In addition to studying the relationship between alternatively spliced genes associated with OIH based on protein-protein interactions, the relationships between these genes through common transcription factor were also investigated. Genes that presented absolute or relative differential splicing between OIH and control (P-value < 0.005, |fold change| > 2) were queried for enriched transcription factors (TFs) using the iRegulon [46] plugin within Cytoscape. The genes presenting differential alternative splicing were searched against the database of target genes ranked according to the similarity to the corresponding transcription factors binding motifs. Transcription factor enrichment scores were computed based on the area under the cumulative recovery curve obtained from the database search.

3. Results

3.1. Absolute Differential Expression of Isoforms Associated with Opioid-Induced Hyperalgesia

Overall, 263 transcript isoforms from 250 genes and 363 transcript isoforms from 319 genes present absolute differential expression (FDR-adjusted P-value < 0.05) between OIH and control mice in the NAc and TG, respectively. The absolute differentially gene expression between OIH and control mice at FDR-adjusted P-value < 5.0 × 10–5 and |fold change| > 2 in NAc and TG are presented in Table 1 and Table 2, respectively. The extended lists of transcript isoforms presenting absolute differential expression associated with OIH at P-value < 0.05 in NAc and TG are provided in Supplementary Tables S1 and S2, respectively.

3.2. Relative Differential Expression of Isoform Associated with Opioid-Induced Hyperalgesia

Overall, 9 genes presented significant (FDR-adjusted P-value < 0.05) relative differential expression of isoforms between OIH and control mice. Table 3 lists the isoform clusters within genes presenting relative differential expression (FDR-adjusted P-value < 0.1) between OIH and control mice including the most extreme positive and negative ΔPSI between the two groups in the NAc and TG. A positive ΔPSI identifies a transcript isoform present in higher proportion in OIH relative to control mice, while a negative ΔPSI identifies a transcript isoform present in lower proportion in OIH relative to control mice. Relative differential splicing was detected at P-value < 0.0005 in 40 genes in the NAc and 32 genes in the TG (Supplementary Table S3). The TG presented more extreme splicing (characterized by higher differences in the transcript isoform proportions between OIH and control) relative to NAc (7 versus 2 genes at FDR-adjusted P-value < 0.05, Table 3), whereas NAc presented a higher number of relative differential splicing genes at P-value < 0.0005 than TG (40 versus 32 genes, respectively, Supplementary Table S3).
Figure 1 depicts the proportional isoform expression within four gene clusters, calcium-dependent secretion activator 1 (Cadps), a long intergenic noncoding RNA (GM3764), sialyltransferase 8 (St8sia1), and mitochondrial dynamics protein MID51 (Mief1), that presented significant relative differential expression (|ΔPSI| ≥ 0.1, FDR-adjusted P-value < 0.1) in the NAc. The significant differential splicing identified in the NAc for Cadps, was characterized by the under-expression of an isoform that excludes an intermediate exon in OIH relative to control mice with the proportion ratio of 0.26 (OIH):0.33 (control). The significant differential splicing identified in the NAc for St8sia1, was characterized by the over-expression of an isoform that solely includes a 3′ exon in OIH relative to control mice with the proportion ratio of 0.56 (OIH):0.45 (control). The significant differential splicing identified in the NAc for Mief1, was characterized by the under-expression in OIH relative to control mice of an isoform that includes a lengthy 5′ exon with an proportion ratio of 0.71 (OIH):0.83 (control).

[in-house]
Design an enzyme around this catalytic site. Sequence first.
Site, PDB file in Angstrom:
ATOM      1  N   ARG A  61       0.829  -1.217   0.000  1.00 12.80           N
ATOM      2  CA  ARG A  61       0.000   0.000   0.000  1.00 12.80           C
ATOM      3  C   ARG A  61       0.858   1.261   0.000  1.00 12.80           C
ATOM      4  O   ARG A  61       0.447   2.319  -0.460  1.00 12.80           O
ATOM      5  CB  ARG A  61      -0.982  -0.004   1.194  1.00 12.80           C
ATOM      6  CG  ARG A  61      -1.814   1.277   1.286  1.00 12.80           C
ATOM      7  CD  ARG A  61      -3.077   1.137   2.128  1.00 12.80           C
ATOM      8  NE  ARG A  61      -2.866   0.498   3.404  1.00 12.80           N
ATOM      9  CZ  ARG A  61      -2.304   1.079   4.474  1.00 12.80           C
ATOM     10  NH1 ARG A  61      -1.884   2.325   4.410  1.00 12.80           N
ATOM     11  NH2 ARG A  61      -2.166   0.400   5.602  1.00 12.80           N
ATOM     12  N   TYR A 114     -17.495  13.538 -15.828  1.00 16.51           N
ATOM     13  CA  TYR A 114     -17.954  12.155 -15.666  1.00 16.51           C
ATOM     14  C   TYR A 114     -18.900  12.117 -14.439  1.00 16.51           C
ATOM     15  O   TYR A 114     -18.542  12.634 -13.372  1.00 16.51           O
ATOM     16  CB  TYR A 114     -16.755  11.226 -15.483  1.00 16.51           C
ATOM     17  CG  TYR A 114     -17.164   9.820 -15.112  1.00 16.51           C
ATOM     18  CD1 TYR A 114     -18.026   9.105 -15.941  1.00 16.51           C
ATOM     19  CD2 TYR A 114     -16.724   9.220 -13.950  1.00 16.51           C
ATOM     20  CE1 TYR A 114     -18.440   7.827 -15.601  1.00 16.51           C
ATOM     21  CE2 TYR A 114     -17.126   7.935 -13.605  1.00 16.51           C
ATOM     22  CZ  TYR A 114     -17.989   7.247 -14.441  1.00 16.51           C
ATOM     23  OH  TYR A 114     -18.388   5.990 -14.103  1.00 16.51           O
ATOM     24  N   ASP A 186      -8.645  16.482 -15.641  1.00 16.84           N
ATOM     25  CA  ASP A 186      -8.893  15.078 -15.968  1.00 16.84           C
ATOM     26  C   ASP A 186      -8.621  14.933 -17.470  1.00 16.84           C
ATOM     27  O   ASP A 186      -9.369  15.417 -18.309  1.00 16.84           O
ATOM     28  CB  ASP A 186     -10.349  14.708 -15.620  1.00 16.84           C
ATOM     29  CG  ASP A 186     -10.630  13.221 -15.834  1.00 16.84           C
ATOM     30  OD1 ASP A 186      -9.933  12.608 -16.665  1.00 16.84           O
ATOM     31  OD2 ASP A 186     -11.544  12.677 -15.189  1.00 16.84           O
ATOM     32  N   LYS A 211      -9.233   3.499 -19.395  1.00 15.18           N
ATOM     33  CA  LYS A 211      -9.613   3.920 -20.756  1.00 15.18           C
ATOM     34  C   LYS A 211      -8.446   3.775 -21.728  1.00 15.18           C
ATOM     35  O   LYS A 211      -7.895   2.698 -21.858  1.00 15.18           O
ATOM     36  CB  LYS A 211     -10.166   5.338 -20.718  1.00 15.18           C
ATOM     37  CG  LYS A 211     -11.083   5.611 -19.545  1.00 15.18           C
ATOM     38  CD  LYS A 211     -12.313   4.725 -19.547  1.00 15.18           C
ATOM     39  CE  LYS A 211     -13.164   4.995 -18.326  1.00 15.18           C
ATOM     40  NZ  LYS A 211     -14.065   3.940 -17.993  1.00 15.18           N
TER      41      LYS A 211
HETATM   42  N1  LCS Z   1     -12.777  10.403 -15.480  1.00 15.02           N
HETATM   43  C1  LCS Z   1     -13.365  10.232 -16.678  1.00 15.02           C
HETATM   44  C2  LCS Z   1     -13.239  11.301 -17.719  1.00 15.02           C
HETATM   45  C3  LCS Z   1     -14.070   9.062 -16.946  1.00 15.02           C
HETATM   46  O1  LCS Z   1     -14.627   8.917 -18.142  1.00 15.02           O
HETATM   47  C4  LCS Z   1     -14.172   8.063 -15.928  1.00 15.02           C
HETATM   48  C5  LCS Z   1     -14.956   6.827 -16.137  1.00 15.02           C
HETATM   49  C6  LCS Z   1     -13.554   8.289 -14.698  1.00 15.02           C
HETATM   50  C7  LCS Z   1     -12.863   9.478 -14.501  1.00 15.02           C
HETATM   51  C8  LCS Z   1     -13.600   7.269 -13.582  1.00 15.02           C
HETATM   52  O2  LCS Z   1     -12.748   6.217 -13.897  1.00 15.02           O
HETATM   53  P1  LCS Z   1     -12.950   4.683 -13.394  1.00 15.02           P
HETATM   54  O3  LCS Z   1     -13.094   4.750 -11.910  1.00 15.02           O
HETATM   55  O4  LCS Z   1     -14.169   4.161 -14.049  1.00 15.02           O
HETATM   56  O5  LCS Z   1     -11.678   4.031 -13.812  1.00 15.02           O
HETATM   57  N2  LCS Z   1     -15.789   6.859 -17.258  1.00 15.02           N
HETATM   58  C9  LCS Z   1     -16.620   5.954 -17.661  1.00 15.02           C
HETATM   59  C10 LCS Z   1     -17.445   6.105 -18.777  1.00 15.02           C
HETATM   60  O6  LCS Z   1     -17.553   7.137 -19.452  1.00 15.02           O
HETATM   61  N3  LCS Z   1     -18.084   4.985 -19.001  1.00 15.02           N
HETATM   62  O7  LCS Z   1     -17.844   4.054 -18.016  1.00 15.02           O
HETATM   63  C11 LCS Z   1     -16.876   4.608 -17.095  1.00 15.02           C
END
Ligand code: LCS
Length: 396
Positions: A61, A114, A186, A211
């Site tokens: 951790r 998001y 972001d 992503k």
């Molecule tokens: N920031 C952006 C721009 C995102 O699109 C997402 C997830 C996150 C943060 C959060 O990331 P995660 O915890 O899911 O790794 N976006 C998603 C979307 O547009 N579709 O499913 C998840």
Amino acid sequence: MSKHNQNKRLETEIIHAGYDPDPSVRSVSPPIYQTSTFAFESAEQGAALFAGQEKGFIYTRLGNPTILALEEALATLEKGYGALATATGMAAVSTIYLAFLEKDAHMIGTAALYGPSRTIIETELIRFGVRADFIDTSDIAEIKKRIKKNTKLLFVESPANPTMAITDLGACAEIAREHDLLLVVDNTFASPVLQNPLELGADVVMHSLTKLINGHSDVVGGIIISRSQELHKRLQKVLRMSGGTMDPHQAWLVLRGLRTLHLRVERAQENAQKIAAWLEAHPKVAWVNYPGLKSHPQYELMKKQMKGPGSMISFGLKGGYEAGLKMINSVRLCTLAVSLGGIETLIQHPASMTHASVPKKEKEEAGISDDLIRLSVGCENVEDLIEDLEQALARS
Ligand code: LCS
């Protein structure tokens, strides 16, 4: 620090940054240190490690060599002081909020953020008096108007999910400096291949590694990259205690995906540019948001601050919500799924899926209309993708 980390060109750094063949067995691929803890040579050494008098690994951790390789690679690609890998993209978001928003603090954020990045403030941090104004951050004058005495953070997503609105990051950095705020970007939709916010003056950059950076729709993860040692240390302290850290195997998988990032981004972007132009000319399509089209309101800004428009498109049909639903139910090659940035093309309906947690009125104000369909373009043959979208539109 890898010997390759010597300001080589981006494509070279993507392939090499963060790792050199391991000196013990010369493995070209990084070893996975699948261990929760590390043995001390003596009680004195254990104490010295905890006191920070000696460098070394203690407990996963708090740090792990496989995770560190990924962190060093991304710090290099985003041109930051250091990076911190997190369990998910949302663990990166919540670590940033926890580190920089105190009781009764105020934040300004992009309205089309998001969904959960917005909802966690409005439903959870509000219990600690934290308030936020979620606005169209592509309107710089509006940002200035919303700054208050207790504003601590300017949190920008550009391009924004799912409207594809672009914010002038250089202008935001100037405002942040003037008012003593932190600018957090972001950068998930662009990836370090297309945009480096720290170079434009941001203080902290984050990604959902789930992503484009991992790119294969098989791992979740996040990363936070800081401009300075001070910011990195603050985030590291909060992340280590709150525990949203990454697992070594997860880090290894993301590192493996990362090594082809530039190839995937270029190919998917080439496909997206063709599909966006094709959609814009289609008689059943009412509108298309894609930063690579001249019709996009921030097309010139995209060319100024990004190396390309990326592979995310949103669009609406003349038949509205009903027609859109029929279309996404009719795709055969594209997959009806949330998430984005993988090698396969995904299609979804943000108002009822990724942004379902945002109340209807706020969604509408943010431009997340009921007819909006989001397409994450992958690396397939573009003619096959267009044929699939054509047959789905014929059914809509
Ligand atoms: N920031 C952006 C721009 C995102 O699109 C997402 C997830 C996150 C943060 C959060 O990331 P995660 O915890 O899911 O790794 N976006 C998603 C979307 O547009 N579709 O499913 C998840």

Figure 2 depicts the proportional isoform expression of four genes, FRY-like transcription coactivator (Fryl), echinoderm microtubule-associated protein-like 6 (Eml6), kinectin (Ktn1), and expressed sequence AW554918, that presented significant relative differential expression (|ΔPSI| ≥ 0.1, FDR-adjusted P-value < 0.1) in the TG. The relative differential splicing identified in the TG for Fryl, was characterized by the over-expression of an isoform that extends across two exons in OIH relative to control mice with the exon-skipping isoform presenting a proportion ratio of 0.87(OIH):0.36(control). The significant differential splicing identified in the TG for Eml6 was characterized by the under-expression of an isoform that extends across two exons in OIH relative to control mice with a proportion ratio 0.32(OIH):0.83(control). The significant relative differential splicing identified in the TG for Ktn1, was characterized by the under-expression of an isoform that extends across two exons in OIH relative to control mice with a proportion ratio 0.18(OIH):0.28(control). The significant relative differential splicing identified in the TG for AW554918, was characterized by the under-expression of an isoform that extends across two 3′ exons in OIH relative to control mice with a proportion ratio 0.28 (OIH):0.42 (control).

3.3. Functional Analysis of Absolute and Relative Differential Isoform Expression Associated with Opioid-Induced Hyperalgesia

Enriched PANTHER pathways (P-value < 0.001) associated with the effects of OIH on absolute and relative differential isoform expression between OIH and control mice in the NAc and TG identified using the complementary ORA and GSEA analyses are listed in Table 4. An extended list of enriched pathways within region and type of differential alternative splicing (absolute and relative) is available in Supplementary Table S4. Pathways that presented alternative splicing in both regions and pathways that presented alternative splicing in one region were detected. Among the pathways that present alternative splicing associated with OIH in both regions were platelet derived growth factor, p38 MAPK, axon guidance, and integrin signaling. The gonadotropin-releasing hormone receptor pathway was uniquely enriched in the NAc, whereas vascular endothelial growth factor and endogenous cannabinoid signaling, circadian clock system, and metabotropic glutamate receptor group I pathways were uniquely enriched in the TG.